by Cadence McManimon
New hobbies can seem intimidating and—worse—expensive. The internet offers complicated lists and costly supplies for even the most basic of skills. We might feel that we can’t invest too much into a hobby—who knows if we’ll be good at it anyway?
In reality, many hobbies—particularly those that rely more on building a skill than on collecting items—begin with very few supplies. In fact, there’s a wealth of historical skills we can practice for entertainment, self-improvement, and practicality!
With that in mind, here’s a list of 20 historical hobbies that will cost you $20 or less to try out. They’re loosely categorized by masculine and feminine pursuits, according to their historical connotations.
1. Orienteering. Orienteering is navigation using basic analog tools. Before the advent of online maps, this skill was necessary for any historical traveler. Here’s a good basic kit on Amazon.
3. Whittling or wood carving. Some sets offer different blade types, but a simple jackknife can be enough to get you started. Anything from sturdy sticks to small blocks of lumber can be used for carving.
4. Knot tying. Knowing how to properly use ropes and knots has been a useful tool for history’s farmers, sailors, and engineers alike. Pick up a basic kit with cord and clips, and grab an instructional copy as a learning supplement.
5. Harmonica. Maybe you’re musically inclined, but a piano is a little out of your price range. No worries! Play your own music on this simple harmonica, using a book like this to understand the basics.
6. Shadow boxing. In ancient Greece, hand-to-hand combat was a necessary part of young men’s education. Pick up weighted gloves and an instructional book to explore boxing—you don’t even need a punching bag!
7. Knife throwing. This skill originated for hunting, gradually evolving into a warrior skill and then a sport. Throwing knives often come in threes, and—if you want to up your game—try some axes. Dead trees and stumps make great targets!
1. Knitting or crocheting. A snowy winter isn’t complete without handmade mittens and hats! Crochet is easier to learn and uses one hook, while knitting is more technical and requires at least two needles. Crochet kits often come complete with yarn and accessory tools, whereas knitting needles are usually cheaper when bought alone.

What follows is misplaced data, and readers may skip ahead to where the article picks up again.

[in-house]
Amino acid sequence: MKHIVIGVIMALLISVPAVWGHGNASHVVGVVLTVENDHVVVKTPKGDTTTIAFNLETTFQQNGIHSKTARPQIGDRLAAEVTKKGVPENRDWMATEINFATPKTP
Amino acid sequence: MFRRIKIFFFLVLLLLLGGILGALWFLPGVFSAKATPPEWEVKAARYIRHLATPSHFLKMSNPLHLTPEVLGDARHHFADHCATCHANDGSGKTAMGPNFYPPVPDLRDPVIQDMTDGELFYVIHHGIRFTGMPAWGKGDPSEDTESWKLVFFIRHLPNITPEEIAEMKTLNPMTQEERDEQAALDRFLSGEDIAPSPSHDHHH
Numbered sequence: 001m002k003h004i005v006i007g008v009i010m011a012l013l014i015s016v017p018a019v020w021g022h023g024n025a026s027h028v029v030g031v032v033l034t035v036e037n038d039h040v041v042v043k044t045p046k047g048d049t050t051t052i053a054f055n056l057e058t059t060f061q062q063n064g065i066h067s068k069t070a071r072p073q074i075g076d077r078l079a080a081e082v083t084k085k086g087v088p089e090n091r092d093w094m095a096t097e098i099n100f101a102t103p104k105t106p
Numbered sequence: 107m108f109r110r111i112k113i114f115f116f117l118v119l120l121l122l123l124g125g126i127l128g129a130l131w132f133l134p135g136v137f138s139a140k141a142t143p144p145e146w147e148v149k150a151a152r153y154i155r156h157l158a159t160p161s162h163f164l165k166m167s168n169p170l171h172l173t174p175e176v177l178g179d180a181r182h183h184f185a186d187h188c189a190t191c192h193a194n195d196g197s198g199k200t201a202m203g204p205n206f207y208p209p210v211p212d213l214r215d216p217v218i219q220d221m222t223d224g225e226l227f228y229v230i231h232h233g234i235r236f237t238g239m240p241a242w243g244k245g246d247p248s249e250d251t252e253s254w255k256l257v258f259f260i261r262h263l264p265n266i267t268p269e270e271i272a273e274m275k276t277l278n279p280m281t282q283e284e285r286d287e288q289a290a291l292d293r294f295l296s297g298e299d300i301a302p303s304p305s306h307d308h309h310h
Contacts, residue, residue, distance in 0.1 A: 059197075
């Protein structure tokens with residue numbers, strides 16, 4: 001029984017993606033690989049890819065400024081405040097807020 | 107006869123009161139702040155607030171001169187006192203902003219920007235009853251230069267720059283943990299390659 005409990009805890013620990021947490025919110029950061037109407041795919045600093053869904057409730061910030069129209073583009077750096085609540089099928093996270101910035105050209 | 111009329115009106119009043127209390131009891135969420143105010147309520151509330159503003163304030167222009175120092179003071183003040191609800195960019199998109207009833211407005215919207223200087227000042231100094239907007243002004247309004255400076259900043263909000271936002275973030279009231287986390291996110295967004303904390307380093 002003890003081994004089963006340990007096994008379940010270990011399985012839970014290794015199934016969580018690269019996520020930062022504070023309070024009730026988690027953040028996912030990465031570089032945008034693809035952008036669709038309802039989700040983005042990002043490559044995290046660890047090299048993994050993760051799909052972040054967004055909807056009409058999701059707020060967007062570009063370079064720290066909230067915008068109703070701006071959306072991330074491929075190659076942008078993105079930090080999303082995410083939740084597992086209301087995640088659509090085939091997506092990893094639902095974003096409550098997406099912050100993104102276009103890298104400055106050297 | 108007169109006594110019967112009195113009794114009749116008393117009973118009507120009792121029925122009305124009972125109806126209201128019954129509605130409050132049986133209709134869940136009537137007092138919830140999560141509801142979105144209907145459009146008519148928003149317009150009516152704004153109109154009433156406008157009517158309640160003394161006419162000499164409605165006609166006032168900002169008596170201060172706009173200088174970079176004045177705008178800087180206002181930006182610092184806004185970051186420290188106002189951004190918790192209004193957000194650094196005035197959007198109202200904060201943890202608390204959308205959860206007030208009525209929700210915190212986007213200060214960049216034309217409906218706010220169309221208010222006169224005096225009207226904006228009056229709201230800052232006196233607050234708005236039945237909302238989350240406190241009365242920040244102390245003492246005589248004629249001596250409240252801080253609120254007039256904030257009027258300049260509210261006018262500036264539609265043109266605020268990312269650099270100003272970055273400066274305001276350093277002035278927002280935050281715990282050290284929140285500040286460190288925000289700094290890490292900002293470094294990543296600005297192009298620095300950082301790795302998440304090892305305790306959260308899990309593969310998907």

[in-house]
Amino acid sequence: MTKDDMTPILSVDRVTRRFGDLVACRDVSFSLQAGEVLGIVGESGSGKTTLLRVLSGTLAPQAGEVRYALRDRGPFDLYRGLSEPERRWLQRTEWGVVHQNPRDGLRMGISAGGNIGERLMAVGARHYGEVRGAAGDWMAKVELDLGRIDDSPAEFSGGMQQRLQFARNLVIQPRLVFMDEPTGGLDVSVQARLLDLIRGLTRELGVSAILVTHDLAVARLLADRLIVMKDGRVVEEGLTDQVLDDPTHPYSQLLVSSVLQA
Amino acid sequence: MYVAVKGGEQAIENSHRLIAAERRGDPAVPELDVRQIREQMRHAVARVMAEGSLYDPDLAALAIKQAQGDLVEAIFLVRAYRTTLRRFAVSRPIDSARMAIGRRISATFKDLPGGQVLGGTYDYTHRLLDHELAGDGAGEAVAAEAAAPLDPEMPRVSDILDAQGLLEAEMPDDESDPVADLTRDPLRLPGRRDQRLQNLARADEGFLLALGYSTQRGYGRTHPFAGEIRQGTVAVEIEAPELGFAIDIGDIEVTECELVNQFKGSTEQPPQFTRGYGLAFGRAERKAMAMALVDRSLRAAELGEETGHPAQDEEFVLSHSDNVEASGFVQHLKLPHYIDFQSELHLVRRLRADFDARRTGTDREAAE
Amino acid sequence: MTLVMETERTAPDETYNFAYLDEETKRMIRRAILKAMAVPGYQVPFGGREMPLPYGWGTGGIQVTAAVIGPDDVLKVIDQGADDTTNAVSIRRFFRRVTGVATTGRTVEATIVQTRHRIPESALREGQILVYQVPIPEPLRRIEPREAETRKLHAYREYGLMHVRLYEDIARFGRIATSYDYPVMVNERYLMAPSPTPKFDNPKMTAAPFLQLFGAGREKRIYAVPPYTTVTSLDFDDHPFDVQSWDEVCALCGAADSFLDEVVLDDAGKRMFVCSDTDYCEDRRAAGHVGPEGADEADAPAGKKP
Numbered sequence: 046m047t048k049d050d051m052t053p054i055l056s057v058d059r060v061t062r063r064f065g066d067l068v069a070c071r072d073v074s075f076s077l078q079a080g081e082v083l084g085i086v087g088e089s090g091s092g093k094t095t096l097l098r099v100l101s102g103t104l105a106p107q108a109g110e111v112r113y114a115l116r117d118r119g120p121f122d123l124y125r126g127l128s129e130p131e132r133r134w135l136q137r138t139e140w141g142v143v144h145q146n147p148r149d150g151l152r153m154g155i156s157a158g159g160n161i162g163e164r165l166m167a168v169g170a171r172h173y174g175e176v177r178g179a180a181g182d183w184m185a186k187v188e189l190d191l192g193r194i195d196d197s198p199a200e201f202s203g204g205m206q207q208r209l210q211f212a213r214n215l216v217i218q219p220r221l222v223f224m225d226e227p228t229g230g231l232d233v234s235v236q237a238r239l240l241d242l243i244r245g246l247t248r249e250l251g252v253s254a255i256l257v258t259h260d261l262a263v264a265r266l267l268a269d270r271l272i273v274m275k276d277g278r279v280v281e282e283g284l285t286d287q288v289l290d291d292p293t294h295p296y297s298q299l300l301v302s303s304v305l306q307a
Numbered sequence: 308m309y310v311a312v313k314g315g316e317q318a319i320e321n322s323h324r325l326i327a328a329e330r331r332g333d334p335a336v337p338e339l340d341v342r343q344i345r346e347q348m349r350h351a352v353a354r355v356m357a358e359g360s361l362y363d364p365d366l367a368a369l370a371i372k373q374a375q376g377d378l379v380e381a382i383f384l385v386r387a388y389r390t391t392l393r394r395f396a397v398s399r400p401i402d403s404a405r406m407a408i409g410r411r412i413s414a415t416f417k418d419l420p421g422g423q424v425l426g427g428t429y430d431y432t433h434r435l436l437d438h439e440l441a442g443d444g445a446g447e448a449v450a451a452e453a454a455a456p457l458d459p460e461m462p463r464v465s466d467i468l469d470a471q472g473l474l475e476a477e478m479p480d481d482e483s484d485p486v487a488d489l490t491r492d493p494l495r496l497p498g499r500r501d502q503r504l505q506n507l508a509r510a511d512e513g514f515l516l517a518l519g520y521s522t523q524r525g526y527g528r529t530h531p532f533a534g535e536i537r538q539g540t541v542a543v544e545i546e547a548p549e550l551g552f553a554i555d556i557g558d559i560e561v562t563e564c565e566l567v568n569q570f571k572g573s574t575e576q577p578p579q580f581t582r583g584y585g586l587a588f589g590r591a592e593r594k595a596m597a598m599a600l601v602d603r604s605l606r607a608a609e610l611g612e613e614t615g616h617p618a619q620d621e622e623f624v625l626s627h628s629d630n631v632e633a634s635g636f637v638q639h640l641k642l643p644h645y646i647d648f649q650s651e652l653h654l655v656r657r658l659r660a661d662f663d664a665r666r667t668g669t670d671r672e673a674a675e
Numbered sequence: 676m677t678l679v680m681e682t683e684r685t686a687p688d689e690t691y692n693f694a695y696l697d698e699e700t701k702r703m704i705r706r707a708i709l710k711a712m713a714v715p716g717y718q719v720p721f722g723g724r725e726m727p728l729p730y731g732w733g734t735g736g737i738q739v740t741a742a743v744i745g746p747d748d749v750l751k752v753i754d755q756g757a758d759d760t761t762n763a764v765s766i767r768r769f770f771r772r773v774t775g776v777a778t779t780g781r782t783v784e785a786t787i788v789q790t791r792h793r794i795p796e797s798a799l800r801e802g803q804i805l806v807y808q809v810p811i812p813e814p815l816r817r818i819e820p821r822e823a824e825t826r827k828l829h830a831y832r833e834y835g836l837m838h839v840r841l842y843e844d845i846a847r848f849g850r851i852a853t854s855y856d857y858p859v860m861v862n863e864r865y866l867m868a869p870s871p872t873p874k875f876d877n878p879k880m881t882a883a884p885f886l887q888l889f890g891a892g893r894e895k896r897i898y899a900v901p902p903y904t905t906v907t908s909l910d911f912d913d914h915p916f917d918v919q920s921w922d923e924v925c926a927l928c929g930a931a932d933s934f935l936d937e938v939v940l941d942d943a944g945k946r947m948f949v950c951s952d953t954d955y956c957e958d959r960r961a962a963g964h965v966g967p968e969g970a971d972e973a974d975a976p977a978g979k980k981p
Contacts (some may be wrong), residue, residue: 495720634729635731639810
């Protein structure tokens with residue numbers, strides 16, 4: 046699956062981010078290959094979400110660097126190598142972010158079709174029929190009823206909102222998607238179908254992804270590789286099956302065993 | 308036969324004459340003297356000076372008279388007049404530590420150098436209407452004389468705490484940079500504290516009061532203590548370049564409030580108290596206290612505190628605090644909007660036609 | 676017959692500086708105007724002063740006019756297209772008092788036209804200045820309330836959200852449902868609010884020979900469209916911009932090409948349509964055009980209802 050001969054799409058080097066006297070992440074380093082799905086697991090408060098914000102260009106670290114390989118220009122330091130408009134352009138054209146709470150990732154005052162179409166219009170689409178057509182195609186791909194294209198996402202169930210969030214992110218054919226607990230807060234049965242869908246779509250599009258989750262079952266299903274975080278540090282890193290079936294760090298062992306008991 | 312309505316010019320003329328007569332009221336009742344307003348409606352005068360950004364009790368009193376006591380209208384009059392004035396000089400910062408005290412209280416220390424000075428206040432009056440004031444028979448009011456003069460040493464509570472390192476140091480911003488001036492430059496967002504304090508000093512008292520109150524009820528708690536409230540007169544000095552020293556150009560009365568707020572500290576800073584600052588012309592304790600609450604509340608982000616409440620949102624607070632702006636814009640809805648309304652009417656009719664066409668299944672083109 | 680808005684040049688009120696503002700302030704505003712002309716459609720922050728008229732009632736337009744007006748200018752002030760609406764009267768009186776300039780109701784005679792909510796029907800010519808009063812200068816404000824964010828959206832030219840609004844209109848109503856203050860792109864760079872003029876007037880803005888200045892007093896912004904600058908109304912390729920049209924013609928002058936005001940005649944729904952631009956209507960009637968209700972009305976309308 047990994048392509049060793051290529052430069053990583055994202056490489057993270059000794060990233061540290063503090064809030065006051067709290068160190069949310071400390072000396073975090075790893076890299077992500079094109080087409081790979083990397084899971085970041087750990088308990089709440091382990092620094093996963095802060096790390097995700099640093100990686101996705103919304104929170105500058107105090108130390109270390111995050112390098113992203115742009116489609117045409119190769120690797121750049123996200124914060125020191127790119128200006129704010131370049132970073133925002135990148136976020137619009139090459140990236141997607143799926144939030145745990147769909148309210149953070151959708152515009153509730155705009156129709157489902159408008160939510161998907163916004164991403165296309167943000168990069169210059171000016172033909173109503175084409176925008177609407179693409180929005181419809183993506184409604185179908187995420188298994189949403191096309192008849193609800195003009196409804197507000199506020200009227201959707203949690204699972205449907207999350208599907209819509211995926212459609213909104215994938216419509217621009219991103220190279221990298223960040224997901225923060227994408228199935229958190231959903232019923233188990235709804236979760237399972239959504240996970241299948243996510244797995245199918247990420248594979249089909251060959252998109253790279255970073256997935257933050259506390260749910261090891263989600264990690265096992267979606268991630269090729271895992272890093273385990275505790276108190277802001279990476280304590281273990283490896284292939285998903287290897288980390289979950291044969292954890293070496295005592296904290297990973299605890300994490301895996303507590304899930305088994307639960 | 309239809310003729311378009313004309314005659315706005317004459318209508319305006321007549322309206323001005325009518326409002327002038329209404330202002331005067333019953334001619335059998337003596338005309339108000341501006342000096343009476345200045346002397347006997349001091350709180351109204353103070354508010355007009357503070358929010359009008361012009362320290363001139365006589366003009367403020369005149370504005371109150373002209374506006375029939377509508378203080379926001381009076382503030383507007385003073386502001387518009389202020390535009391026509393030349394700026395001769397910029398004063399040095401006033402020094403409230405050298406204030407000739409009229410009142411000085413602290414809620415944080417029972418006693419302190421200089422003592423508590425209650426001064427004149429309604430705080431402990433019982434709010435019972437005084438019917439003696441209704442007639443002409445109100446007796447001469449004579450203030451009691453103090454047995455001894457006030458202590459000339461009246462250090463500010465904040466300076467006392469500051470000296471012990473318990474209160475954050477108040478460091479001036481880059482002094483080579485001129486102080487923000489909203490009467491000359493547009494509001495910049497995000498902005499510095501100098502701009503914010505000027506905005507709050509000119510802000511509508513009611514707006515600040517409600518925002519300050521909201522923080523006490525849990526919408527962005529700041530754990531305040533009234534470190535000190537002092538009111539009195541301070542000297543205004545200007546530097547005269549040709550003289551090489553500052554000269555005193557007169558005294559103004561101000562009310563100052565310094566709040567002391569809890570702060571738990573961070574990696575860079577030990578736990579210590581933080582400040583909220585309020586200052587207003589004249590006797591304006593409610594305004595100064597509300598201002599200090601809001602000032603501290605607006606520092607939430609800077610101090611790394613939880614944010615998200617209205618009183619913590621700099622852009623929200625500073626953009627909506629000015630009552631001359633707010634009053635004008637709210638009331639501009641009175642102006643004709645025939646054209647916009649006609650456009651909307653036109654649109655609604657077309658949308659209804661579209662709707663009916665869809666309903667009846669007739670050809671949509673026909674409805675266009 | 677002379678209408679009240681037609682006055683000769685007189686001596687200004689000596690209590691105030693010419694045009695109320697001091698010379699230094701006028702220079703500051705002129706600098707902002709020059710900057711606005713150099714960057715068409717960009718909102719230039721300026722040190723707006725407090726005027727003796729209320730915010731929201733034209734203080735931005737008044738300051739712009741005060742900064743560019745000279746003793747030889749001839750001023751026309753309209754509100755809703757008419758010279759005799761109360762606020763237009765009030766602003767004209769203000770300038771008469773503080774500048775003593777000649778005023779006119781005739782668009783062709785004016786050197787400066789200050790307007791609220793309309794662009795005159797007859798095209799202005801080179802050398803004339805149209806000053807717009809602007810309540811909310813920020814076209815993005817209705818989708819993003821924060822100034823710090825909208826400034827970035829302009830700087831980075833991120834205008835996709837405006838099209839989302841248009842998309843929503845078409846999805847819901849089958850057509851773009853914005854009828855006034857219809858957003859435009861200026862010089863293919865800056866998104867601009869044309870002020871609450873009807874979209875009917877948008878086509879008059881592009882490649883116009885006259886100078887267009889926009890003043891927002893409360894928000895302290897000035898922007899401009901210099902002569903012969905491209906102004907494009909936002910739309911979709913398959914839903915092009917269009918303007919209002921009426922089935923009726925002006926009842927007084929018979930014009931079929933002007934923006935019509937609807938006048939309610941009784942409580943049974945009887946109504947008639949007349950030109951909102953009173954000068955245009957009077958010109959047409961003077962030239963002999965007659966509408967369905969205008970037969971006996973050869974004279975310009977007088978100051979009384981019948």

2. Bread baking. Most of us already have the basic pantry staples of flour, salt, sugar, and butter. You might just need yeast, an inexpensive leavening ingredient sold at most grocery stores. And of course, grab a bread pan or two!
3. Indoor gardening. Start gardening by doing it inside. You might find that growing your own flowers or herbs can be surprisingly easy! All you need is a kit like this and a sunny windowsill.
4. Penny whistle. Pursue your musical side by learning the penny whistle! A basic one is more than enough to start.
5. Braiding. Braids are a traditional way to do hair, and they can also be used for jewelry, ropes, tools, cords, and decorations. A book like this can get you started.
6. Flower pressing. Preserving flowers is a great hobby for amateur botanists, particularly because it only requires some simple waxed paper and a few heavy books. Or try a kit to make personal greeting cards or decorations!
7. Dancing. A basic jazz shoe works for most beginner dancers, no matter the dance type. When you reach a higher skill level, you can invest in a specific shoe for your dance style.
Historical Hobbies for Both Genders
1. Hiking or walking. This is usually free! Most places have pretty streets, hiking trails, or parks you can frequent for no cost at all. And—in the cold Northern winters, many people enjoy walking in a large department store or mall.
2. Reading music. You might not have a guitar or piano, but you can master music theory. Pick up a comprehensive book, or watch some YouTube videos to get started.
3. Learning another language. Textbooks and apps offer some easy ways to learn any language’s basics.
4. First aid. This is less of a hobby and more of a valuable skill. You can take a course if you like, but you can learn a lot by merely getting a kit and reading the instructions.
5. Letter writing. Nothing but pen and paper is necessary to start this hobby! But if you want to get fancy, pick up a wax sealing kit for the envelope.
To further save money, remember that many of these supplies can be found secondhand, borrowed from a friend, or handed down from a mentor. I bought my first crochet hook for 50 cents at a thrift store! We can always invest more when we fall in love with a hobby.
Also, remember that you have many resources at your fingertips when it comes to learning new hobbies. For example, you can try to find someone who already does the hobby and is willing to teach you. Nothing beats an in-person mentor.
Additionally, it’s easy to take advantage of video tutorials or local library books when picking up the basic techniques of a new skill. These resources are usually free, and they can be invaluable for learning your chosen hobby.
Of course, these ideas are merely the tip of the iceberg. The world of historical hobbies has endless opportunities to offer once you begin exploring.
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Cadence McManimon is a published author, former special education teacher, and now a wife and mother. She has too many houseplants, plenty of artsy projects, and not enough pens that work! (Doesn’t everyone?) Her novels Name Unspoken and The Lily Girl are available at her website cadencemcmanimon.com. Her favorite things include crayons, sarcasm, Sherlock Holmes, and hearing from readers!